Specialty Gas Products
Parking Garages
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Macurco is a trademark of Aerionics, Inc.
Parking Garage Guide

Building owners and facility managers want to provide safe and effective parking garages while minimizing the energy
costs associated with heating, ventilation and air conditioning.  This application guide helps engineers, installers and
integrators provide suitable gas detection systems for enclosed parking garages.
Ventilation, Warning and Alarm

In parking garages vehicle traffic is part of everyday operations.  Consequently exhaust gases containing carbon
monoxide and nitrogen dioxide will be released into the air under normal conditions.  A gas detection system in a
parking garage should not go directly into alarm upon detection of carbon monoxide.  This would be considered a
nuisance.  Instead when low levels of carbon monoxide or nitrogen dioxide are detected, then ventilation system
should be engaged at the Rising Trip Point to draw in fresh air and reduce those gas concentrations to acceptable
levels.  If the ventilation system is incapable of reducing the gas concentration and it continues to rise, the Warning
signal may be activated indicating that there is an issue with the amount of exhaust accumulating in the space - even
higher, and the Alarm signal may be activated and may be associated with buzzers, horns or strobes and activation of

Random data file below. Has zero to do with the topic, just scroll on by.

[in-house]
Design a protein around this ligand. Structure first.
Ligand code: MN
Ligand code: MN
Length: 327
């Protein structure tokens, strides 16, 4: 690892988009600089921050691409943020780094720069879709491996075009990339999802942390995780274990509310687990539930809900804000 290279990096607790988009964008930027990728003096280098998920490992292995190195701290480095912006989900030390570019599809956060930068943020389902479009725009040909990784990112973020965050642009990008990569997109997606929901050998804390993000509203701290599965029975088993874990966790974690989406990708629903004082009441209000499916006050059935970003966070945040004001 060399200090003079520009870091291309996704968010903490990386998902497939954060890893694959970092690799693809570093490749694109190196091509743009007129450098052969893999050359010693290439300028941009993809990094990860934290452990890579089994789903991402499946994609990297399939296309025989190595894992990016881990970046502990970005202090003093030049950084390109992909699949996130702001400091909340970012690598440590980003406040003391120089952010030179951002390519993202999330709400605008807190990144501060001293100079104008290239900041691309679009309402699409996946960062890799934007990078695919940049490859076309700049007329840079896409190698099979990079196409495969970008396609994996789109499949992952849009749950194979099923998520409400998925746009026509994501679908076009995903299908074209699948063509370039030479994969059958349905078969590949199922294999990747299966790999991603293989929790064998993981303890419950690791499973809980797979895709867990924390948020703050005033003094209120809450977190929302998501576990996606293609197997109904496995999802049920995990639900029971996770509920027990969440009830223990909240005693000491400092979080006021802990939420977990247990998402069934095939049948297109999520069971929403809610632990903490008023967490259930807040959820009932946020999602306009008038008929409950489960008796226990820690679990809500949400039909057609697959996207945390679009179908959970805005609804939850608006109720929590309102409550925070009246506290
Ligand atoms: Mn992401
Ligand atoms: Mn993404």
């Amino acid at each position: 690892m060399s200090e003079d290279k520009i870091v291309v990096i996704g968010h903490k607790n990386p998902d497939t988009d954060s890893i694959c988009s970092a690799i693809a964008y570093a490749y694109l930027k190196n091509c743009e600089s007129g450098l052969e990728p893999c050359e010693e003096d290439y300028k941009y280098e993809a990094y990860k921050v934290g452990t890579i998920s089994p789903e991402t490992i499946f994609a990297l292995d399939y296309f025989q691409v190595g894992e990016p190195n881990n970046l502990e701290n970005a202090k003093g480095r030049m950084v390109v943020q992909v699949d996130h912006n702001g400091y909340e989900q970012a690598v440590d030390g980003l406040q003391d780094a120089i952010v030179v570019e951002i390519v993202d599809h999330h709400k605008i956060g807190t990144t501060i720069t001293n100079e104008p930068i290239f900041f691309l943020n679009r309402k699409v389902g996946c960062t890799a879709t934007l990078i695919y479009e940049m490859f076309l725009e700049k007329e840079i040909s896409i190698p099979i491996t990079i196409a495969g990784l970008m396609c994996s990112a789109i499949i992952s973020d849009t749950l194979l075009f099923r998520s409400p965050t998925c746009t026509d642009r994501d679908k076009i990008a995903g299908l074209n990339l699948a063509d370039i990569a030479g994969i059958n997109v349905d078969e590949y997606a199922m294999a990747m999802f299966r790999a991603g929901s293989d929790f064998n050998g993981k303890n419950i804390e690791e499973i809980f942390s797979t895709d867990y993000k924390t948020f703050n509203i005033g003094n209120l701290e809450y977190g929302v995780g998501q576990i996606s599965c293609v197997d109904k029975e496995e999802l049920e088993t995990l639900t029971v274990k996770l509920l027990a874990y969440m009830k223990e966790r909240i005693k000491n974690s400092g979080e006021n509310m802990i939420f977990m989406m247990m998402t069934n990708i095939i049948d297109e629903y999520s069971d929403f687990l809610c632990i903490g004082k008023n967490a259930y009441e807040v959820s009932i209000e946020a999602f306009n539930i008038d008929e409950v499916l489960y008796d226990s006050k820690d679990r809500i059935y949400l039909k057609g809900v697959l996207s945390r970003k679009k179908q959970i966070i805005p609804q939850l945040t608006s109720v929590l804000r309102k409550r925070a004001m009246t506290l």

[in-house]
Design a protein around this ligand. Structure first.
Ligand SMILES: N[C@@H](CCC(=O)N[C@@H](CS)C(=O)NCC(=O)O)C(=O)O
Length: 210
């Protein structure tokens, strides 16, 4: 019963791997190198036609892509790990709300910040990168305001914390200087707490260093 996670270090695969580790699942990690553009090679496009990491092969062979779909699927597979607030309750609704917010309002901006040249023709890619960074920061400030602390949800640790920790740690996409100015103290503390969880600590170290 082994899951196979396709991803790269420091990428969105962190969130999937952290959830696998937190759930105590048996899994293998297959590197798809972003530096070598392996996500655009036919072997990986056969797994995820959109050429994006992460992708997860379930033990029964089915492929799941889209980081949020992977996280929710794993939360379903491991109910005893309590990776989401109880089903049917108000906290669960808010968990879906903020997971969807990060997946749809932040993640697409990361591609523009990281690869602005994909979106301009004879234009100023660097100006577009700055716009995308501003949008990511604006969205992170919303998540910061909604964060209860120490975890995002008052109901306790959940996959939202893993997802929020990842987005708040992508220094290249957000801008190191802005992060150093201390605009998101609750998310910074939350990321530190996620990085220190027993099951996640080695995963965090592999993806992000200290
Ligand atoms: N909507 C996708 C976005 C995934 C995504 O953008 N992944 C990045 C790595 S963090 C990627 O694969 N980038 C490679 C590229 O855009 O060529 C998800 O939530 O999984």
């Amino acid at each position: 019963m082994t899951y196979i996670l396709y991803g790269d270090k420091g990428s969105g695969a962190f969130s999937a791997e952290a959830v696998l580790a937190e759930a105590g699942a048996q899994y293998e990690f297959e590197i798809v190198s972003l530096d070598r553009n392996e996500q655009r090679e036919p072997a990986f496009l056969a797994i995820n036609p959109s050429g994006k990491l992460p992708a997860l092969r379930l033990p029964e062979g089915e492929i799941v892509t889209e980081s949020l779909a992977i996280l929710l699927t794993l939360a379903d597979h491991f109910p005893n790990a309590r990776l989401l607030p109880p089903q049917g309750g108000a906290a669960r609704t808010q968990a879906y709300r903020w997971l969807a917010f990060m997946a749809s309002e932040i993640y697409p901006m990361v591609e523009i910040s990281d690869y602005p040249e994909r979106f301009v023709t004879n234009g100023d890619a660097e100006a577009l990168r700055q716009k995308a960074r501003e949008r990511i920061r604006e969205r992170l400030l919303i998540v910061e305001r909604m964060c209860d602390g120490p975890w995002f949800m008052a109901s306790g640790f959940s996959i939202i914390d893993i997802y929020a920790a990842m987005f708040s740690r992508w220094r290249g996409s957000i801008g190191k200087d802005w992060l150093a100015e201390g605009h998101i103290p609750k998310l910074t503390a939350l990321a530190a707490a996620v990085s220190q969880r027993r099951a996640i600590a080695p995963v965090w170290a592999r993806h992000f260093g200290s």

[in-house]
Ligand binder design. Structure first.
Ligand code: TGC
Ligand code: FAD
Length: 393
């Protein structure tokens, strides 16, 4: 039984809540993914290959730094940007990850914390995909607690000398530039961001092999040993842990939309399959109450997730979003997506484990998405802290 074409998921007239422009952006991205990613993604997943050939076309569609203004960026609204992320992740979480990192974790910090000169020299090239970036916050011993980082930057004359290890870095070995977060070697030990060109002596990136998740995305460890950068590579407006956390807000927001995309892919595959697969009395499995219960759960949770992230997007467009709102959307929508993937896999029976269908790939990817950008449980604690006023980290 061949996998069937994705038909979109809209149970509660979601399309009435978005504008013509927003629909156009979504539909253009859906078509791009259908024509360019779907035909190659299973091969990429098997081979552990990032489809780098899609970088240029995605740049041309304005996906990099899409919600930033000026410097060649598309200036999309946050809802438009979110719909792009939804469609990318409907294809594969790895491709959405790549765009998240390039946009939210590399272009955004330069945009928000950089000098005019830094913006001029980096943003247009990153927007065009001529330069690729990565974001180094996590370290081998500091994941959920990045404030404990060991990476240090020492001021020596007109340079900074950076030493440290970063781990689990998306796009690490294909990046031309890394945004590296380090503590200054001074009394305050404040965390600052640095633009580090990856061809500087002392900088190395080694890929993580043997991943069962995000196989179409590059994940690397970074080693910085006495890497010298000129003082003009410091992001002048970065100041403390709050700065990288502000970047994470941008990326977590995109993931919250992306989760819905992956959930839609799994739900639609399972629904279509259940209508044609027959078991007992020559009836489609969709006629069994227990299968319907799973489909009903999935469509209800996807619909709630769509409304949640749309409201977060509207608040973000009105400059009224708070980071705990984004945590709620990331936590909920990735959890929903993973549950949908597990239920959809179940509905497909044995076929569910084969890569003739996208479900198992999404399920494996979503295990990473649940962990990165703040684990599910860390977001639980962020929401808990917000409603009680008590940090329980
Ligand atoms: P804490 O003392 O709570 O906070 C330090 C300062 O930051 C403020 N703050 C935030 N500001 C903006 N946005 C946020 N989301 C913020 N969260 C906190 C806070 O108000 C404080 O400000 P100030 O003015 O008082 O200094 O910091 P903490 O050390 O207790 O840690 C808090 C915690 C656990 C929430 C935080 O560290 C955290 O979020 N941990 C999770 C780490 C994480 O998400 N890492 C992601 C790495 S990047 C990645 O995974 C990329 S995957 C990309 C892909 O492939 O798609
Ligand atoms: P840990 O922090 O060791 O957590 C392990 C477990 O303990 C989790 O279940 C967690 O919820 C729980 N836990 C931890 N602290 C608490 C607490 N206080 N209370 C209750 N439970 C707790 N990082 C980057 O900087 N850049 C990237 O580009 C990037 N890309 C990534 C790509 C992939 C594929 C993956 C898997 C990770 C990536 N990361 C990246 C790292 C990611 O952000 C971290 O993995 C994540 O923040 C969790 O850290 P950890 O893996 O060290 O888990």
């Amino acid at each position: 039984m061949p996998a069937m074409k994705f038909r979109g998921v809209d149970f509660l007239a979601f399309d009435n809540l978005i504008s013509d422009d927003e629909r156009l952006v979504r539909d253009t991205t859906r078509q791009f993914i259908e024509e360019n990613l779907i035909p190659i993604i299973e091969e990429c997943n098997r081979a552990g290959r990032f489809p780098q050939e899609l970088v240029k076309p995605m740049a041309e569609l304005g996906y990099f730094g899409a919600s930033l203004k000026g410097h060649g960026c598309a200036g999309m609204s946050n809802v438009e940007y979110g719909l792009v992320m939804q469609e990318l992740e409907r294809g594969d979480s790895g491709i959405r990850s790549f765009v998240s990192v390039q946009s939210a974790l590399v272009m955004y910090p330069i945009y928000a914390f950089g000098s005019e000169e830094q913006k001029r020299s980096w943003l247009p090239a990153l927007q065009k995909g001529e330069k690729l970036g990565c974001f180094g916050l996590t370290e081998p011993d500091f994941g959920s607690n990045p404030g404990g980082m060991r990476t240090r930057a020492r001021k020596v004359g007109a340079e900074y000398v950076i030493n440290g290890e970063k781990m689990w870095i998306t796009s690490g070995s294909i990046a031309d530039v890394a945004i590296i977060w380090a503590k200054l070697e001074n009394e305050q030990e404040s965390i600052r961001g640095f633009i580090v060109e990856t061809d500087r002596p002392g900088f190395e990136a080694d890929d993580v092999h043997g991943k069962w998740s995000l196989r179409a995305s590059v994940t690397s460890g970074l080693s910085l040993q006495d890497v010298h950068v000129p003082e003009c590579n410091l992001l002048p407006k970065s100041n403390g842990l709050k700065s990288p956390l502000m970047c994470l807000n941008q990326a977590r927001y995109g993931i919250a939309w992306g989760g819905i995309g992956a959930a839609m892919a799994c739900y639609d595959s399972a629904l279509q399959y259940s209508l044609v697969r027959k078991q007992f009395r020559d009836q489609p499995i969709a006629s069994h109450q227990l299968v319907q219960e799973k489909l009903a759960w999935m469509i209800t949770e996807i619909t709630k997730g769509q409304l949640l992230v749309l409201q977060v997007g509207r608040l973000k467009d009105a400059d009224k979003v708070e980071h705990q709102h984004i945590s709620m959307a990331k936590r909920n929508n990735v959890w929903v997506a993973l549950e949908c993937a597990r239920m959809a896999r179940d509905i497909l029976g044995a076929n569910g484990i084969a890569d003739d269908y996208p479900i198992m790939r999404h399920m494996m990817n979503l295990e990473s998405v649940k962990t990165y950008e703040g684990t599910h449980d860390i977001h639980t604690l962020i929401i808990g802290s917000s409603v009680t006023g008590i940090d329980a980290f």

the fire or security system.  Read more by clicking on the Macurco Parking Garage Guide image above.
Carbon monoxide (CO) is an odorless, colorless gas
produced by cars and trucks and small gasoline
engines.  CO from these sources can build up in
enclosed or semi-enclosed spaces and people in
these spaces can be poisoned by breathing it.  The
most common symptoms of CO poisoning are
headache, dizziness, weakness, nausea, vomiting,
chest pain, and confusion.  High levels of CO
inhalation can cause loss of consciousness and
death.  www.cdc.gov

Nitrogen dioxide (NO2) is a reddish-brown gas with a
pungent, acrid odor and is one of a group of highly
reactive gasses known as "oxides of nitrogen," or
"nitrogen oxides (NOx)."  NO2 forms quickly from car,
truck and bus emissions.  Health effects associated
with nitrogen dioxide exposure (NO2) include eye,
nose, and throat irritation.  It may cause impaired lung
function and increased respiratory infections in young
children.  Extremely high-dose exposure to NO2 may
result in pulmonary edema and diffuse lung injury.  

Gasoline is used as a fuel for engines in cars. It is
colorless to pale brown or pink in color with a
distinctive odor.  Generally, the odor of gasoline  
provides adequate warning of hazardous
concentrations.  Gasoline is a volatile, flammable
liquid.  Its vapors may travel to a source of ignition and
flash back.  Gasoline vapors are heavier than air and
may collect in low-lying areas.  Typically, gasoline
contains more than 150 chemicals, including small
amounts of benzene, toluene, xylene, and sometimes
lead.  www.atsdr.cdc.gov

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